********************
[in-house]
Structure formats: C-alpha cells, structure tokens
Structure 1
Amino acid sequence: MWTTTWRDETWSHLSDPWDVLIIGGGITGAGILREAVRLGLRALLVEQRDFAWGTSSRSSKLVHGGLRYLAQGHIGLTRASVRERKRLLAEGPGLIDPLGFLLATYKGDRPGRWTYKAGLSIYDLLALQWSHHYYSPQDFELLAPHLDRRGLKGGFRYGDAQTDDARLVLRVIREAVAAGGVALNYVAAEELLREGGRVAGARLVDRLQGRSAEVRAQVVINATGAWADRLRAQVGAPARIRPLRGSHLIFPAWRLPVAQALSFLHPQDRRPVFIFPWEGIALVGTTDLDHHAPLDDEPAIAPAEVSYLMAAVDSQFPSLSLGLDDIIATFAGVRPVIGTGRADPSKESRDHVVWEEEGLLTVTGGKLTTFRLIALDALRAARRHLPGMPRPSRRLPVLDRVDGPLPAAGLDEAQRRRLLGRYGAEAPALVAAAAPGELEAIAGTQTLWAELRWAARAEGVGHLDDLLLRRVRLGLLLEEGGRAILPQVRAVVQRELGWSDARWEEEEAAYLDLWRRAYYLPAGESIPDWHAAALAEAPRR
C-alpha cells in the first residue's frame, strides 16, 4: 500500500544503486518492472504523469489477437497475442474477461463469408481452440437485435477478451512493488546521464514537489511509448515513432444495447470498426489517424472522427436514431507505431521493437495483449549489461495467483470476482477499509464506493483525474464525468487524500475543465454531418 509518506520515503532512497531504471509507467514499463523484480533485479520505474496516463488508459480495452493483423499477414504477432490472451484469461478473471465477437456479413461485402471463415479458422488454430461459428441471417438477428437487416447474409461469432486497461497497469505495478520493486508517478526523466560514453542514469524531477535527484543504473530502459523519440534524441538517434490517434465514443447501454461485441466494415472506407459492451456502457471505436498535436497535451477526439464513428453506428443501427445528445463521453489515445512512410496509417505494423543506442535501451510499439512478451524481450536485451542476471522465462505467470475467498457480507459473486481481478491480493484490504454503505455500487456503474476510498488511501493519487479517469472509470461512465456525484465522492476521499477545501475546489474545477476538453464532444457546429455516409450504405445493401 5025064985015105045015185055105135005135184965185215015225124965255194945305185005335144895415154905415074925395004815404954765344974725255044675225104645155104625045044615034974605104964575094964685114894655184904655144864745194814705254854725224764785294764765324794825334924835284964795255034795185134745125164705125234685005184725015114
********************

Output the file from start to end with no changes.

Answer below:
[in-house]
Structure formats: C-alpha cells, structure tokens
Structure 1
Amino acid sequence: MWTTTWRDETWSHLSDPWDVLIIGGGITGAGILREAVRLGLRALLVEQRDFAWGTSSRSSKLVHGGLRYLAQGHIGLTRASVRERKRLLAEGPGLIDPLGFLLATYKGDRPGRWTYKAGLSIYDLLALQWSHHYYSPQDFELLAPHLDRRGLKGGFRYGDAQTDDARLVLRVIREAVAAGGVALNYVAAEELLREGGRVAGARLVDRLQGRSAEVRAQVVINATGAWADRLRAQVGAPARIRPLRGSHLIFPAWRLPVAQALSFLHPQDRRPVFIFPWEGIALVGTTDLDHHAPLDDEPAIAPAEVSYLMAAVDSQFPSLSLGLDDIIATFAGVRPVIGTGRADPSKESRDHVVWEEEGLLTVTGGKLTTFRLIALDALRAARRHLPGMPRPSRRLPVLDRVDGPLPAAGLDEAQRRRLLGRYGAEAPALVAAAAPGELEAIAGTQTLWAELRWAARAEGVGHLDDLLLRRVRLGLLLEEGGRAILPQVRAVVQRELGWSDARWEEEEAAYLDLWRRAYYLPAGESIPDWHAAALAEAPRR
C-alpha cells in the first residue's frame, strides 16, 4: 500500500544503486518492472504523469489477437497475442474477461463469408481452440437485435477478451512493488546521464514537489511509448515513432444495447470498426489517424472522427436514431507505431521493437495483449549489461495467483470476482477499509464506493483525474464525468487524500475543465454531418 509518506520515503532512497531504471509507467514499463523484480533485479520505474496516463488508459480495452493483423499477414504477432490472451484469461478473471465477437456479413461485402471463415479458422488454430461459428441471417438477428437487416447474409461469432486497461497497469505495478520493486508517478526523466560514453542514469524531477535527484543504473530502459523519440534524441538517434490517434465514443447501454461485441466494415472506407459492451456502457471505436498535436497535451477526439464513428453506428443501427445528445463521453489515445512512410496509417505494423543506442535501451510499439512478451524481450536485451542476471522465462505467470475467498457480507459473486481481478491480493484490504454503505455500487456503474476510498488511501493519487479517469472509470461512465456525484465522492476521499477545501475546489474545477476538453464532444457546429455516409450504405445493401 5025064985015105045015185055105135005135184965185215015225124965255194945305185005335144895415154905415074925395004815404954765344974725255044675225104645155104625045044615034974605104964575094964685114894655184904655144864745194814705254854725224764785294764765324794825334924835284964795255034795185134745125164705125234685005184725015114